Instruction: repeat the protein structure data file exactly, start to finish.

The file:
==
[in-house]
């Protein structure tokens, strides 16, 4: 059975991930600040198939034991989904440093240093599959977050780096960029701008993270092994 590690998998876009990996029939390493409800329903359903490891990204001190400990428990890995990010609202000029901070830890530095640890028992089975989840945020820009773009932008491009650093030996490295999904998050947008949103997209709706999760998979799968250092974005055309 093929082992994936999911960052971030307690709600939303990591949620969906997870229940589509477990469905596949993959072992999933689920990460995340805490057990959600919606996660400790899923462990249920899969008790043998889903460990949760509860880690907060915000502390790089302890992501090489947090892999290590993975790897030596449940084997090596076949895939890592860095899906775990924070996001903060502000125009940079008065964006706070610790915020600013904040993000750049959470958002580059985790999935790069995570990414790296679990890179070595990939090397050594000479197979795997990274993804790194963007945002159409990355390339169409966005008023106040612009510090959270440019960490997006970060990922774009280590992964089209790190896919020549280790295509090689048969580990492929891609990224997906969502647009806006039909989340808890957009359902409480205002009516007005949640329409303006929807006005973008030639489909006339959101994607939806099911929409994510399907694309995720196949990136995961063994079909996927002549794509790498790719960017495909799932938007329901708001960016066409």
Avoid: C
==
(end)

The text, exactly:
[in-house]
């Protein structure tokens, strides 16, 4: 059975991930600040198939034991989904440093240093599959977050780096960029701008993270092994 590690998998876009990996029939390493409800329903359903490891990204001190400990428990890995990010609202000029901070830890530095640890028992089975989840945020820009773009932008491009650093030996490295999904998050947008949103997209709706999760998979799968250092974005055309 093929082992994936999911960052971030307690709600939303990591949620969906997870229940589509477990469905596949993959072992999933689920990460995340805490057990959600919606996660400790899923462990249920899969008790043998889903460990949760509860880690907060915000502390790089302890992501090489947090892999290590993975790897030596449940084997090596076949895939890592860095899906775990924070996001903060502000125009940079008065964006706070610790915020600013904040993000750049959470958002580059985790999935790069995570990414790296679990890179070595990939090397050594000479197979795997990274993804790194963007945002159409990355390339169409966005008023106040612009510090959270440019960490997006970060990922774009280590992964089209790190896919020549280790295509090689048969580990492929891609990224997906969502647009806006039909989340808890957009359902409480205002009516007005949640329409303006929807006005973008030639489909006339959101994607939806099911929409994510399907694309995720196949990136995961063994079909996927002549794509790498790719960017495909799932938007329901708001960016066409």
Avoid: C